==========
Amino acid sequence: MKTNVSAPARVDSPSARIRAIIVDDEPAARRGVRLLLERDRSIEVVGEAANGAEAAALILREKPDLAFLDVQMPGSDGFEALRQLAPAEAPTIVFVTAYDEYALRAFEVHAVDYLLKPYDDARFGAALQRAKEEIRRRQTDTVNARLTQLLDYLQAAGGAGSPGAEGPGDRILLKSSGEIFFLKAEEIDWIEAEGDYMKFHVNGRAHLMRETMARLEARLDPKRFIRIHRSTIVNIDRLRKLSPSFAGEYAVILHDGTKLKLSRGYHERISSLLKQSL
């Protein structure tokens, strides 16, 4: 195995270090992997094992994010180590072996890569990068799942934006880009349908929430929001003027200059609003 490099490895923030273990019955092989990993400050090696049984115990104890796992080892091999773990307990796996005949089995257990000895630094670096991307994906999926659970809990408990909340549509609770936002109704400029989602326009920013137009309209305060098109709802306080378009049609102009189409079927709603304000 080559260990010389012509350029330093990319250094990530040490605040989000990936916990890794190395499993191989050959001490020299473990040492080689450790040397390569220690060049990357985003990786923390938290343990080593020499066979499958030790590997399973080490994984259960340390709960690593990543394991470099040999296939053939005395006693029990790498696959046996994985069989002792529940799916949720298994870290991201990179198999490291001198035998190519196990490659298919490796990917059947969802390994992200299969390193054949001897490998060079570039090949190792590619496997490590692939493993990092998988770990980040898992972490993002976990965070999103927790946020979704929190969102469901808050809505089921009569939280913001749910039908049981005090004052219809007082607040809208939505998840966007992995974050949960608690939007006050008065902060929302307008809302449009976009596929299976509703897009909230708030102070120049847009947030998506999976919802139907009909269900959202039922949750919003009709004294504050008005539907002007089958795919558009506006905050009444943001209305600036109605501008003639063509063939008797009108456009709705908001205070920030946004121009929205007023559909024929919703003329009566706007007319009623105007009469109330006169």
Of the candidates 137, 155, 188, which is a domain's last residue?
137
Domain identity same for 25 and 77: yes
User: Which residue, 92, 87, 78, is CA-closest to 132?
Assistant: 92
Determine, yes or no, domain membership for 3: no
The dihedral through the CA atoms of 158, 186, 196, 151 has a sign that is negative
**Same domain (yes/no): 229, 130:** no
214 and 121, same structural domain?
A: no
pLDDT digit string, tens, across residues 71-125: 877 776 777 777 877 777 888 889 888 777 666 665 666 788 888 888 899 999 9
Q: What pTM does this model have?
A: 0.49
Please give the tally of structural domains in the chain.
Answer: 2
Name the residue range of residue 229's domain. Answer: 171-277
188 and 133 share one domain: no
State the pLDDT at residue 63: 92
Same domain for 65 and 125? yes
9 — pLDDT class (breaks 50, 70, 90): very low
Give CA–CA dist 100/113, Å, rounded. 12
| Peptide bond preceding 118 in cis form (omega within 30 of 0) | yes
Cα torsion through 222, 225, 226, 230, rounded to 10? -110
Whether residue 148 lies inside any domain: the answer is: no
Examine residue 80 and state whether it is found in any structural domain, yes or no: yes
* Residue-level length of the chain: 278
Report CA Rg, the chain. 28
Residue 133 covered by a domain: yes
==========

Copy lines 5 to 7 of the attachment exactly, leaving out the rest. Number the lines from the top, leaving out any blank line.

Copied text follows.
Domain identity same for 25 and 77: yes
User: Which residue, 92, 87, 78, is CA-closest to 132?
Assistant: 92